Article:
Money Hungry Amazon Will Gladly Take Your Venmo Change Now Too

The e-commerce giant will accept Venmo for payments on its website and mobile app ahead of the Black Friday shopping rush.

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Venmo users unsure what to do with that extra change sitting in their account now have a new option: they can blow it on nonsense from Amazon.

Starting this week, Amazon will officially accept Venmo as a payment option on both its website and mobile app. The agreement, reportedly over a year in the works, comes just weeks before an expected shopping extravaganza for Amazon spurred by Black Friday and the upcoming holidays.

Amazon shoppers looking to use their Venmo account will be able to select it from the “select a payment method” upon checkout. Once they’ve selected Venmo, they’ll then be redirected to the Venmo app where they can choose to allow Amazon to charge Venmo for future purchases. Users can also choose to select Venmo as their default payment method on Amazon for future purchases.


“The ability to pay with Venmo on Amazon continues our ongoing commitment to offer the community more ways to spend, send, receive, and manage their money with Venmo,” PayPal Head of Consumer Doug Bland said in a statement. “We know that the Venmo community of nearly 90 million users value the safety, security, ease, and familiarity that paying with Venmo helps to bring to the checkout experience.”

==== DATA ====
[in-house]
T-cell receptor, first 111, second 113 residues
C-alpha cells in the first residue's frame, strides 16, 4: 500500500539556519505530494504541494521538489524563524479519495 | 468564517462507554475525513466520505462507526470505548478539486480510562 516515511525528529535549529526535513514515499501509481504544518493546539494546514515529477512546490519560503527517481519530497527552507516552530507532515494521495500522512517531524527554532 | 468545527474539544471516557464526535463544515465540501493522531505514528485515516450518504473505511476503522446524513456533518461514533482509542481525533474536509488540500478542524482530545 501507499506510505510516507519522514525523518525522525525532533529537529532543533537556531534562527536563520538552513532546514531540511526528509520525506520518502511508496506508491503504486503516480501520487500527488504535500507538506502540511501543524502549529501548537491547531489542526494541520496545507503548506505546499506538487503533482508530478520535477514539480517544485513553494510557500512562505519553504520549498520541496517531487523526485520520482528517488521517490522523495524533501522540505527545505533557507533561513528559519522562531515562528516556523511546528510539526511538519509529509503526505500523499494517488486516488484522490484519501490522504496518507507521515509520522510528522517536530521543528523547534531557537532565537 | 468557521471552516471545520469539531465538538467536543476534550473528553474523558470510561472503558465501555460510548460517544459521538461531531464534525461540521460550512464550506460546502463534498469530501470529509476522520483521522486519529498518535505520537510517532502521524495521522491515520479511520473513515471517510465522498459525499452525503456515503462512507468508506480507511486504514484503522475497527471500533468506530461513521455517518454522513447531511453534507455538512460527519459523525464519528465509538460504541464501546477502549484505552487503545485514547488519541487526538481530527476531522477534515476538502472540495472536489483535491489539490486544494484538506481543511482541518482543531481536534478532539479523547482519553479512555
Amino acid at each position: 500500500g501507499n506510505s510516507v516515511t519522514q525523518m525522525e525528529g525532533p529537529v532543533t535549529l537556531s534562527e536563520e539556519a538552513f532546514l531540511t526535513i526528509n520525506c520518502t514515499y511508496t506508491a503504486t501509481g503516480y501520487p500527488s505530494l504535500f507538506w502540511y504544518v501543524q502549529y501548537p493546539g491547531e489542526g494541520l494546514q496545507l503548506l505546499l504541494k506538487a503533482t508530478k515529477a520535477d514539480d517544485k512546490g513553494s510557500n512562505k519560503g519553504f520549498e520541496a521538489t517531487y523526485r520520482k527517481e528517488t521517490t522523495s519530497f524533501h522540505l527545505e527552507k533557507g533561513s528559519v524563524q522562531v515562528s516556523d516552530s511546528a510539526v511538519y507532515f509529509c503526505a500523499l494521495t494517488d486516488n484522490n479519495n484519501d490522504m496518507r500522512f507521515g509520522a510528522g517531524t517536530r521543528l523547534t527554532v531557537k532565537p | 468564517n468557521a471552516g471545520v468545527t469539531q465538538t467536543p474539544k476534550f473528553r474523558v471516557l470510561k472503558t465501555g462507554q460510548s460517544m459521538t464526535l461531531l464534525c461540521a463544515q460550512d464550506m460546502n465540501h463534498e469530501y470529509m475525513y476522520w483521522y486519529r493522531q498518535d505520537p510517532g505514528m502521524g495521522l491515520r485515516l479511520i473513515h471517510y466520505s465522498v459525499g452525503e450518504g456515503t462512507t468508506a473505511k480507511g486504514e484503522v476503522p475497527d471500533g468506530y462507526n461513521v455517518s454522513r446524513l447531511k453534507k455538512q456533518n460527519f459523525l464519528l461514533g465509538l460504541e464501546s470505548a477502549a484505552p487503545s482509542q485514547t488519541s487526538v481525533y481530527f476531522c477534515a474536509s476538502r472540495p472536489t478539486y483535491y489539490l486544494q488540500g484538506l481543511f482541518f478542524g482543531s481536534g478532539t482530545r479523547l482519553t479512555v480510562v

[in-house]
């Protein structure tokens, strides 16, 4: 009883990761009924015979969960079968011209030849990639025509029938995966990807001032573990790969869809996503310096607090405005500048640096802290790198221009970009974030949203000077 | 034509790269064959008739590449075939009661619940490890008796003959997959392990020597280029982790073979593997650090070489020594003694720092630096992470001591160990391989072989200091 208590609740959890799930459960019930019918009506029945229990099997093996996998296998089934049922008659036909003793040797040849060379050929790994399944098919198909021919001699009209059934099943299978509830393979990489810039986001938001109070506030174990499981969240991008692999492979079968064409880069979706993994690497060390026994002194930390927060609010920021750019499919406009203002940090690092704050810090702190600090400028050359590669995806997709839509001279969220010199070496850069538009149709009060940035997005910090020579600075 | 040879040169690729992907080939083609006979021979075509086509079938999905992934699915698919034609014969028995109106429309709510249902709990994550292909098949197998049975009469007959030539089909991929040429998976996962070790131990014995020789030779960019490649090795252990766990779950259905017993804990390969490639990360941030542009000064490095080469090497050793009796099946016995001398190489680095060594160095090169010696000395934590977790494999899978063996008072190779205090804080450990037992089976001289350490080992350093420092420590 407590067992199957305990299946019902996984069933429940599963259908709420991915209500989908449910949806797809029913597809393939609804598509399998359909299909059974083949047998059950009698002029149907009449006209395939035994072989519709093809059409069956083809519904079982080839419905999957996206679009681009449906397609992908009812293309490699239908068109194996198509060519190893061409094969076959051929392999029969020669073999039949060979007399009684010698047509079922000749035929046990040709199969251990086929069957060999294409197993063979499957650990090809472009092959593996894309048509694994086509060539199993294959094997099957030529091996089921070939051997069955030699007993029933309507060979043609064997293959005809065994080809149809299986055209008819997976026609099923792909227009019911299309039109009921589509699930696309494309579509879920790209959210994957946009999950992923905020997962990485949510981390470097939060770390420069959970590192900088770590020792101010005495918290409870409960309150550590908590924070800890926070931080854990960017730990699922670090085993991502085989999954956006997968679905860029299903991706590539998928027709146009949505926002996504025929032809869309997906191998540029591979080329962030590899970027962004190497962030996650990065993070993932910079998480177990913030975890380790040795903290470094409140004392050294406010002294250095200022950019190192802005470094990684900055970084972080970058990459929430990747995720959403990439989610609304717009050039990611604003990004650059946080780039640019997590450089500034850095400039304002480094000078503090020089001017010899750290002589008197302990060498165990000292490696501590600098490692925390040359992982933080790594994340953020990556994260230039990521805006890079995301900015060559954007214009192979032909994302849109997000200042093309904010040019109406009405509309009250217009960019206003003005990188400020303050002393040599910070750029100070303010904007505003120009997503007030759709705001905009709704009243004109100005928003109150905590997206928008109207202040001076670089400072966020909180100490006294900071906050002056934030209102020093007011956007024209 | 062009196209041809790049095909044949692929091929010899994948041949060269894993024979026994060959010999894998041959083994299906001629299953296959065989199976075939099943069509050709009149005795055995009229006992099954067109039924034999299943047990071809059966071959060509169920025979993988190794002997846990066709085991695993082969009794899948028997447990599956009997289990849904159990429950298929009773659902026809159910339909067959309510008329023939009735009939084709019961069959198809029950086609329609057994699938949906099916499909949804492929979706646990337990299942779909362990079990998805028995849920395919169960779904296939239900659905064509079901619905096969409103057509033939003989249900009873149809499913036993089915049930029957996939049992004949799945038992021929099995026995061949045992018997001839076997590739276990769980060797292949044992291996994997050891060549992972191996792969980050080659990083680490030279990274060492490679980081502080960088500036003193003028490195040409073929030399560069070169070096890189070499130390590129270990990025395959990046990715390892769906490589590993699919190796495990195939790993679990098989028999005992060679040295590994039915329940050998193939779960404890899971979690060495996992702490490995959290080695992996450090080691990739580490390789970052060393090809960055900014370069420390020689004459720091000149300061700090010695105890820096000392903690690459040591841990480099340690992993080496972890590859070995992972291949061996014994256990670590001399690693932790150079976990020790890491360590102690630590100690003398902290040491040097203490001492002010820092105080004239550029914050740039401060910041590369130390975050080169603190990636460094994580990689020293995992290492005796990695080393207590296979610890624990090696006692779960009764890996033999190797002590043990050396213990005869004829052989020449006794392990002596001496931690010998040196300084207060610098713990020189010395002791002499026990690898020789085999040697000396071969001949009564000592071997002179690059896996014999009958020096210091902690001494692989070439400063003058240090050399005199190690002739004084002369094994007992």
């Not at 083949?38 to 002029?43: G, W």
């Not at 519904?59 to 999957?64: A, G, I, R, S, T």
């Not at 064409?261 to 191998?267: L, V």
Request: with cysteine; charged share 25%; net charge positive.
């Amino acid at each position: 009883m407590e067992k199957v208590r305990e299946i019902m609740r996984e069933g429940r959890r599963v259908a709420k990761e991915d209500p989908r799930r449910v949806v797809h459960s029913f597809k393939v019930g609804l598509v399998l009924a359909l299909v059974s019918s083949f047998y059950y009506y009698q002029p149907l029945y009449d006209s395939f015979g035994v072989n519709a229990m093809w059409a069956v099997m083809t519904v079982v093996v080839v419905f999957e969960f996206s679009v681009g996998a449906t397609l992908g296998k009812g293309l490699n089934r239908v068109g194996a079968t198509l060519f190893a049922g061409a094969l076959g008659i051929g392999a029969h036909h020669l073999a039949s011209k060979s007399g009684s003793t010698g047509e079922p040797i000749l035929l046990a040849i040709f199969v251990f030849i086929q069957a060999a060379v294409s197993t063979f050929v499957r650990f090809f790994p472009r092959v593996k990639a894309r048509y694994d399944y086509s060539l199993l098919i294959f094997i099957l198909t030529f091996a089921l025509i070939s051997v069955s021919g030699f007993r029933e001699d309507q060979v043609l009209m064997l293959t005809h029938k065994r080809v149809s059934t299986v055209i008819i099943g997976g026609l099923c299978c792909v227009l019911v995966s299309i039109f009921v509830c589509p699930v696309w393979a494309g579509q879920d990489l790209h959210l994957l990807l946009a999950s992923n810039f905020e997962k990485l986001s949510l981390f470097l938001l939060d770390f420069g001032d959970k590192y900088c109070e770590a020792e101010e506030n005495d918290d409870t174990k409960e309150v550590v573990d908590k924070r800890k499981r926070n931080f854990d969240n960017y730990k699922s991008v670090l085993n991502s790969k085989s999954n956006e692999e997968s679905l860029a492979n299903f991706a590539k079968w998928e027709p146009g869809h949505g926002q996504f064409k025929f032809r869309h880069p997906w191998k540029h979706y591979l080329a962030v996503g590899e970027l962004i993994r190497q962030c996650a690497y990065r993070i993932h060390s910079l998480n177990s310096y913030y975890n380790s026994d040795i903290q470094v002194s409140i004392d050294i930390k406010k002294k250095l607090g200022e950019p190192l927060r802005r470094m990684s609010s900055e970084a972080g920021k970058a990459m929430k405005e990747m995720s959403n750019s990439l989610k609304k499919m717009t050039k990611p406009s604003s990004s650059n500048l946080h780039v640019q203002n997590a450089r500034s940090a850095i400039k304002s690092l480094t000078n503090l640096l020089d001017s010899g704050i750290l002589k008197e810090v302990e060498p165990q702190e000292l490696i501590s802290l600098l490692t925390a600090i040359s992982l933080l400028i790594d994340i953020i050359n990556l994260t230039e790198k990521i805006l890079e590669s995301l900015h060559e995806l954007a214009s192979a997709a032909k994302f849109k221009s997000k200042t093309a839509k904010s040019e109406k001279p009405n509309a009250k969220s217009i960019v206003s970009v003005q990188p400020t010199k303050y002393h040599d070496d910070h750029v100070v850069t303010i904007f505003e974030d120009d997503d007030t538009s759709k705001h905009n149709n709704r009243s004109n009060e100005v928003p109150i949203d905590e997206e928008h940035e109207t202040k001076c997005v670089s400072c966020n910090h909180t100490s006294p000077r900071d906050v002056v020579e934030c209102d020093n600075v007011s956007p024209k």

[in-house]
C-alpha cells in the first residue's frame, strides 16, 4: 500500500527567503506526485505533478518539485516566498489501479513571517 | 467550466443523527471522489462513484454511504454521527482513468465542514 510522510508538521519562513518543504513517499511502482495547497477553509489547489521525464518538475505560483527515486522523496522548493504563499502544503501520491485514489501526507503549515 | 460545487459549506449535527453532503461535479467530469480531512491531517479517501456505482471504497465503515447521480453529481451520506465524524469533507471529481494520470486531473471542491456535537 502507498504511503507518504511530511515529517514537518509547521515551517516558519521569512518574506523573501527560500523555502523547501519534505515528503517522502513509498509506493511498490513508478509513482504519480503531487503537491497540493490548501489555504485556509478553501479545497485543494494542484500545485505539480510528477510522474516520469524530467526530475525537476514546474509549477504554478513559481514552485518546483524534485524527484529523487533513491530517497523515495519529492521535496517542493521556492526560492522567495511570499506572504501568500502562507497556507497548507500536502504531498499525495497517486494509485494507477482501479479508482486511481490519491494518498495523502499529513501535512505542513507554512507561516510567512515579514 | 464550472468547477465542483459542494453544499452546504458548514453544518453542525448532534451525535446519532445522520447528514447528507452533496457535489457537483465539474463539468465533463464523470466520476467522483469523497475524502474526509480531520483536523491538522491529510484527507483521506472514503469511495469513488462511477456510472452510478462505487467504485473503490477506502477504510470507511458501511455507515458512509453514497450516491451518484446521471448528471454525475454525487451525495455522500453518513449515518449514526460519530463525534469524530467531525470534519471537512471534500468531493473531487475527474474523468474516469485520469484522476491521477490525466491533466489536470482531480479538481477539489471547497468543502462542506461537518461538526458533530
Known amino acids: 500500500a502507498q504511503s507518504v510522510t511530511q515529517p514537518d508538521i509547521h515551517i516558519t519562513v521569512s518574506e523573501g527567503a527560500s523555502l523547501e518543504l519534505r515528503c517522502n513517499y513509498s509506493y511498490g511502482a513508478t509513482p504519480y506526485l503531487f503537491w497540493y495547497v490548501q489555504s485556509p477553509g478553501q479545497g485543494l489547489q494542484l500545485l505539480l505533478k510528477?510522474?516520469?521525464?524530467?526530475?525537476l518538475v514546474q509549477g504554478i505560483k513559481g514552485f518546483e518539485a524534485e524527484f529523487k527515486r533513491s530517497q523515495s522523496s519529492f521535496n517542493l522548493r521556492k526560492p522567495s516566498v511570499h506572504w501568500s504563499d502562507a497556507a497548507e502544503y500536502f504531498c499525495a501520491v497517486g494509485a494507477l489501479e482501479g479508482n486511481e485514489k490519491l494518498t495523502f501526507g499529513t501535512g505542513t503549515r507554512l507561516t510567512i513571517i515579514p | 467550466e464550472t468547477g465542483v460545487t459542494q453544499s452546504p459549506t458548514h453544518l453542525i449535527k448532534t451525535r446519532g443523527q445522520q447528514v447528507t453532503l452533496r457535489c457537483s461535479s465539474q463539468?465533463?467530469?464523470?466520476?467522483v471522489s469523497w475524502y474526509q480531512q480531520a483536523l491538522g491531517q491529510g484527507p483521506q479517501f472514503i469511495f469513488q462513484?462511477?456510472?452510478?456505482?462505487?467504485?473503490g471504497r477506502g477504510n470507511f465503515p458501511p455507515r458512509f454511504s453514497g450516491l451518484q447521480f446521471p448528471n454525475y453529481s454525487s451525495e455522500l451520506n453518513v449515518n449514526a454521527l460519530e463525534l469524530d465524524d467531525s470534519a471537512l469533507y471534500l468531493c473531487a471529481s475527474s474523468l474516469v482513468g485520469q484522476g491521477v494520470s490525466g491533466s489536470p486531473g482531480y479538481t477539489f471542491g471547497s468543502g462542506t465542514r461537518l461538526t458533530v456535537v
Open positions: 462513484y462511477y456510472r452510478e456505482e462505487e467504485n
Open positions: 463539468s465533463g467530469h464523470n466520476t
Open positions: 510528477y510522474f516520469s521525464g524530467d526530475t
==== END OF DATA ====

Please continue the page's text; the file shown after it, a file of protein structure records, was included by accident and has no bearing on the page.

PayPal acquired Venmo back in 2013.

The new partnership is significant for Amazon because it will grant the e-commerce giant a direct pipeline to Venmo’s loyal, and notably younger user base. Venmo, according to analysis conducted by Insider Intelligence, stands apart as the dominant peer-to-peer payment app in the U.S. and is expected to account for 52.2% of all mobile payment users in 2022. Insider Intelligence cited research from CivicScience showing some 16% of all adults use Venmo as their primary digital wallet. Notably, Venmo is the most popular payment app among teens.


PayPal talked up the supposed strength of Venmo’s users in its press release as well. Citing its own research, PayPal claimed Venmo users shop two times more frequently than average shoppers and are “19% more likely to make repeat purchases.”

Venmo shook up the digital payment space in the 2010s with its social media-esque functionality inevitably resulting in no shortage of cryptic, occasionally hilarious payment captions. Small independent sellers (think thrift store owners and touring bands) helped expand the company into the payment provider space. Now, in recent years, Venmo’s placed more of an emphasis on courting large brands. Today big name retailers like Urban Outfitters, J. Crew, Uber Eats, and Poshmark all accept Venmo as a payment method.


Those are all major brands but Amazon easily eclipses them all. Investors were pleased with the deal with shares of PayPall jolting up 6% following the news according to CNBC.